“It is not company policy to waste time and energy corresponding with idiot bloggers, and Ryanair can confirm that it will not be happening again.
Lunatic bloggers can have the blog sphere all to themselves ..”
Professional corporations would never adopt this kind of manner on television, so why on earth did Ryanair think that the above comment from its representative was such a great idea in the blogosphere?
The spat in brief
The above quote, reported on travel industry blog Travolution, represented the response of Steven Macnamara, a representative of European Airline Ryanair, to a public spat between web design blogger Jason Roe and several commenters who identified themselves as staff of the airline.
Mr. Macnamara confirmed that one commenter, who referred to Mr. Roe as ‘a liar and an idiot,’ was indeed an employee of Ryanair.
Mr. Roe became the recipient of a barrage of insults and ill mannered comments from several commenters who identified themselves as staff members of Ryanair after posting a discussion about a technical flaw which he discovered within the airline’s online reservation system. As a result of this flaw, the system displayed a total cost of $0.00 for his flight.
(It should be noted that Mr. Roe stated explicitly that he was not claiming that his readers could exploit such a flaw in order to obtain free flights, nor did he advocate any form of attempt to execute any kind of scam in response to its discovery. He was merely pointing out the existence of the flaw in question.)
Not all publicity is good
I am frankly at a loss to understand what the airline was thinking in terms of its handling of this matter, a view echoed by many who commented upon the discussion in question, and also by other commentators such as public relations consultant Alina Popescue.
Most likely, the airline simply failed to take this seriously. Or perhaps they saw their provocative remarks as an opportunity to fan the controversy in order to gain extra mileage from a publicity viewpoint.
If this was its goal, it succeeded – the spat has generated a considerable amount of publicity and would have no doubt gained the attention of a good number of European travelers.
But should organizations aspire to gain publicity at all costs, or should they seek only that publicity which is likely to help strengthen the value of their brand?
The answer should be obvious, and the practice of organizations seeking forms of publicity which merely give consumers a reason to not use their services is not a sensible practice.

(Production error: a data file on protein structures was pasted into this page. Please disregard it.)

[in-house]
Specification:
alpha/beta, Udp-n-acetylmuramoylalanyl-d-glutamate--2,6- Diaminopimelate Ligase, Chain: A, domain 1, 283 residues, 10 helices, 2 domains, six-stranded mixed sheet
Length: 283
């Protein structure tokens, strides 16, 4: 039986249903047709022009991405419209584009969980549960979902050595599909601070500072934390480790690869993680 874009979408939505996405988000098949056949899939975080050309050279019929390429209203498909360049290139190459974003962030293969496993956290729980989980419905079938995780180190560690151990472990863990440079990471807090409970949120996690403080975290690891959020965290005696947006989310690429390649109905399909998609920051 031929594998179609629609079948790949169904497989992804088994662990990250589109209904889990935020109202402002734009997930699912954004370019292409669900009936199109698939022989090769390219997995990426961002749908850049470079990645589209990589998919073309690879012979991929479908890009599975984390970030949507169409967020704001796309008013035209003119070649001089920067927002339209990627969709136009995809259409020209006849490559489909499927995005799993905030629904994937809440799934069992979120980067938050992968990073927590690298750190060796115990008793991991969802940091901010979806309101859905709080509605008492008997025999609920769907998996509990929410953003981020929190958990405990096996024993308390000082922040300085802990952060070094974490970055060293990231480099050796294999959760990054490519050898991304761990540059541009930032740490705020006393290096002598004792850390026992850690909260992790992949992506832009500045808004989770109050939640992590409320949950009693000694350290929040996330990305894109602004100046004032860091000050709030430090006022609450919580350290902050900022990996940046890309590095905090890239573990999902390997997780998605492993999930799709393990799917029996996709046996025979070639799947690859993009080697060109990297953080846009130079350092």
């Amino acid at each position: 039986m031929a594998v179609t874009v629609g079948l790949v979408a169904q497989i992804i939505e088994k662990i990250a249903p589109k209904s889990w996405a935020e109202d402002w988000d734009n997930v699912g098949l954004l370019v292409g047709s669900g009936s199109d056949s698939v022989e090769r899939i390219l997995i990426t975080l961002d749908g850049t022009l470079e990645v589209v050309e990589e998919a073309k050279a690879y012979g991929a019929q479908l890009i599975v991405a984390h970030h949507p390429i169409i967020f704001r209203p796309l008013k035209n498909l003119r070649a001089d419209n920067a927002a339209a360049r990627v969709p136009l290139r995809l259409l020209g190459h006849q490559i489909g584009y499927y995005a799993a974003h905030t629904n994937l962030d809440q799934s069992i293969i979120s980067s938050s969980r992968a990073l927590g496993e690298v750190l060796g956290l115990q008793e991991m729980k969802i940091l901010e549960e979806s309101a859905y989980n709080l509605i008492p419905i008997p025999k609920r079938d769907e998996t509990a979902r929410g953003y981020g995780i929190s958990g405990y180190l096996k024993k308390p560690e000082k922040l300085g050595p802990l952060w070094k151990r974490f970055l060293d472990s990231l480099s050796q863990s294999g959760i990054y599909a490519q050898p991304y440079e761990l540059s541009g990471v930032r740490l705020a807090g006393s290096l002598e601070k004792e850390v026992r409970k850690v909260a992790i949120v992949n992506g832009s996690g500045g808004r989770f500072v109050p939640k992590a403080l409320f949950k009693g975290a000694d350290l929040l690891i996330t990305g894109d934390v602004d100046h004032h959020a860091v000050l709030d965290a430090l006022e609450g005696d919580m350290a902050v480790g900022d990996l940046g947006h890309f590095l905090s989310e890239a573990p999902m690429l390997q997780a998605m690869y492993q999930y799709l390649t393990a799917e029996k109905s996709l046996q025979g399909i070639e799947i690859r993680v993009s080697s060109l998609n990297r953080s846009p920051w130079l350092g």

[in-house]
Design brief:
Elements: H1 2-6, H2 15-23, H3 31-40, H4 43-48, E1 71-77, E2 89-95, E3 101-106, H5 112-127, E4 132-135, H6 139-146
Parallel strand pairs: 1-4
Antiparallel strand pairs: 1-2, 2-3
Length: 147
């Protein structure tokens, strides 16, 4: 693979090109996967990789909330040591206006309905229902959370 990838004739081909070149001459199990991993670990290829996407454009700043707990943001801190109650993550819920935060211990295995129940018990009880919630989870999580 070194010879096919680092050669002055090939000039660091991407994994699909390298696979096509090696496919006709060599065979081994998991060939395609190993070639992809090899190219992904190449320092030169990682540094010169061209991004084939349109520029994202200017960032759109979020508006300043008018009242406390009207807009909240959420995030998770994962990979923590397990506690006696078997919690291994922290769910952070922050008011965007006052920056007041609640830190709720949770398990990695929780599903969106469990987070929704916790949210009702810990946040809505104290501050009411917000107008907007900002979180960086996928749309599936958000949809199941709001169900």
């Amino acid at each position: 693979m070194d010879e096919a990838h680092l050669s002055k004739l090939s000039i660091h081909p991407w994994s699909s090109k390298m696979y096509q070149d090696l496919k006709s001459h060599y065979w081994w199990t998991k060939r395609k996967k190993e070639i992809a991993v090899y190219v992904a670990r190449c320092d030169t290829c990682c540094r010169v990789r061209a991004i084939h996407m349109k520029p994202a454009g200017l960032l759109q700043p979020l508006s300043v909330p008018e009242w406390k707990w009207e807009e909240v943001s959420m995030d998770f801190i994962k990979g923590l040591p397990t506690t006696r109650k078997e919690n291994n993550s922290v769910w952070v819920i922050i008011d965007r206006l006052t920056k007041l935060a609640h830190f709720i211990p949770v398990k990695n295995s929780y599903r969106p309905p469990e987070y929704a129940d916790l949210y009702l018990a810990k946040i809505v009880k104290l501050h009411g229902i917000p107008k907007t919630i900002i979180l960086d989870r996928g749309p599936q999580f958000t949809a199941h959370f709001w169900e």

I cannot not see any possible reason why these kind of disparaging remarks would somehow inspire members of the European travelling public to use Ryanair’s services.
On the contrary, I would understand why an inclination on behalf of some travelers to consider use of alternative airlines, either due to offense taken at the condescending tone which the comment adopts not only toward Mr. Roe but also toward the blogosphere in general, or because it does little to inspire confidence in terms of the professionalism of an organization in which travelers are asked to entrust not only their own safety but also that of their children and family members.
Seriously, what were they trying to achieve other than alienation of the European travelling public?
Lessons from the old world
In many ways, platforms such as the blogosphere and social media have altered the media landscape.
But some things have not changed. Bad PR strategies in the traditional media landscape have not miraculously transformed into effective ones in the blogosphere. This includes the adoption of poor forms of corporate etiquette, which never has been a good idea and never will be.
Personally, I cannot recall many instances of corporate representatives using radio or television appearances to make derogatory remarks about members of the public. Why – most likely because PR departments (rightly) concluded that such a strategy would achieve little other than to decimate a company’s corporate reputation.
I do not understand why it would be any different in the blogosphere, and strategies which were so completely rejected in the traditional media landscape should receive similar treatment in the new landscape.
All Ryanair would appear to have accomplished with its conduct with respect to this matter is to give the European travelling public a reason to use the services of its competitors.